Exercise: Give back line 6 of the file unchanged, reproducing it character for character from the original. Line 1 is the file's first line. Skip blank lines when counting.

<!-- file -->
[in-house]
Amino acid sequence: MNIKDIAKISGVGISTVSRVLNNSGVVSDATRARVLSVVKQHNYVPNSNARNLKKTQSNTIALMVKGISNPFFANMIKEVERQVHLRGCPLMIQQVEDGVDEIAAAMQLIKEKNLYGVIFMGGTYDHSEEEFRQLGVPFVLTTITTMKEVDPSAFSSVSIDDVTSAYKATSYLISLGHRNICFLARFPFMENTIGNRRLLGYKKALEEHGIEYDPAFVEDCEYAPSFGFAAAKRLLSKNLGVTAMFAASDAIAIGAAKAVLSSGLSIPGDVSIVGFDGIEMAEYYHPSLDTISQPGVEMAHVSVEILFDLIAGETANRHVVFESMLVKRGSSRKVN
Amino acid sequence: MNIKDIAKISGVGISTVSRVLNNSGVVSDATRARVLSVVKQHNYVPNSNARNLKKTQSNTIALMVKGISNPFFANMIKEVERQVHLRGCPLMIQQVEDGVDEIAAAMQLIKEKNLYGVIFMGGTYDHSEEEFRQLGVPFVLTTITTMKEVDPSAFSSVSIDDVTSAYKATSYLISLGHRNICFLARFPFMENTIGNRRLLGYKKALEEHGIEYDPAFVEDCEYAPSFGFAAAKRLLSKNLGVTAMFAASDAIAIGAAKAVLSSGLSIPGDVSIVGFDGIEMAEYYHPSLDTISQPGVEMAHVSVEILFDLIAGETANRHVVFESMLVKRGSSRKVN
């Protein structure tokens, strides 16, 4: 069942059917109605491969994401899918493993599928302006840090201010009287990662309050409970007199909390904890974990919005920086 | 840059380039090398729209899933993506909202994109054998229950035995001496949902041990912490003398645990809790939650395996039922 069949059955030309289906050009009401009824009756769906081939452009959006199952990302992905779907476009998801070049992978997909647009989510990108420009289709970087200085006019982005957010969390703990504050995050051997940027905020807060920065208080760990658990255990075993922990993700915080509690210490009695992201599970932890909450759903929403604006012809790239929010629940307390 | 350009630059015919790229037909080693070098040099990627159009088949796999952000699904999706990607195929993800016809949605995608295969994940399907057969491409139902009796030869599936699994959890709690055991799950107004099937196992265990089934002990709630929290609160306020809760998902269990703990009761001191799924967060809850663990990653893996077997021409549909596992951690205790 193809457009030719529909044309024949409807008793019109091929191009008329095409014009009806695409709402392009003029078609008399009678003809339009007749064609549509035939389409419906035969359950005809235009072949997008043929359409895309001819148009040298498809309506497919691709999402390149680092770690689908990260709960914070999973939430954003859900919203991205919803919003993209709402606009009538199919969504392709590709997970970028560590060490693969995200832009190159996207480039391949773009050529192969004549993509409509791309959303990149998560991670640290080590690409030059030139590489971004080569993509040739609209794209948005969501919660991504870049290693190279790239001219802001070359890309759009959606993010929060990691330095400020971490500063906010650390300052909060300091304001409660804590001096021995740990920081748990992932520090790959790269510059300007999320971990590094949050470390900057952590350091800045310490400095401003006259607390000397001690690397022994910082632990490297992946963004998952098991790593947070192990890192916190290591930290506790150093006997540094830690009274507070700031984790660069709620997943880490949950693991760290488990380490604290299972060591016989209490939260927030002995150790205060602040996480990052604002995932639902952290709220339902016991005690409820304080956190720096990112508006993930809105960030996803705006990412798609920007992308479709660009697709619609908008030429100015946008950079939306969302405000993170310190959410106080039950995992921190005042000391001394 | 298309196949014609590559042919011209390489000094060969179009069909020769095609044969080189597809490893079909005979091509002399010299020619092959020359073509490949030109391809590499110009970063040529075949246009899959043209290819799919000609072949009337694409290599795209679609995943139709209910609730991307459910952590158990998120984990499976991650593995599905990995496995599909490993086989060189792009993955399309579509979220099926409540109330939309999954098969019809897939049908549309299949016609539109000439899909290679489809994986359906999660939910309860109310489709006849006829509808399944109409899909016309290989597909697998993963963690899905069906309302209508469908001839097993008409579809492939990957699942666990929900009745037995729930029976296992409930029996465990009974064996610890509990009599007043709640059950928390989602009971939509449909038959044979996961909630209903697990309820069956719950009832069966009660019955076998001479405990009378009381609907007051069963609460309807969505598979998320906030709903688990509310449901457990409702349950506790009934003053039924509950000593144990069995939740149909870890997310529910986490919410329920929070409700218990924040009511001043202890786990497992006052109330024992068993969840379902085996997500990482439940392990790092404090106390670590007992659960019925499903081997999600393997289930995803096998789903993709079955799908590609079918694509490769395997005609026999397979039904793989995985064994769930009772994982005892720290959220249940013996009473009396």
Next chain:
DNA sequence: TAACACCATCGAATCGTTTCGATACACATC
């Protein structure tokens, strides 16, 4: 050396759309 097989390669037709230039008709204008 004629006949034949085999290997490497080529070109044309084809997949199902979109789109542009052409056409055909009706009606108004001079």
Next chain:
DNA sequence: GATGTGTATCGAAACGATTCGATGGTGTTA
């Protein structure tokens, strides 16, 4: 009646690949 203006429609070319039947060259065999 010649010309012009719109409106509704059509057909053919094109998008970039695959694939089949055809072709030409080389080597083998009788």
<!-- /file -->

DNA sequence: TAACACCATCGAATCGTTTCGATACACATC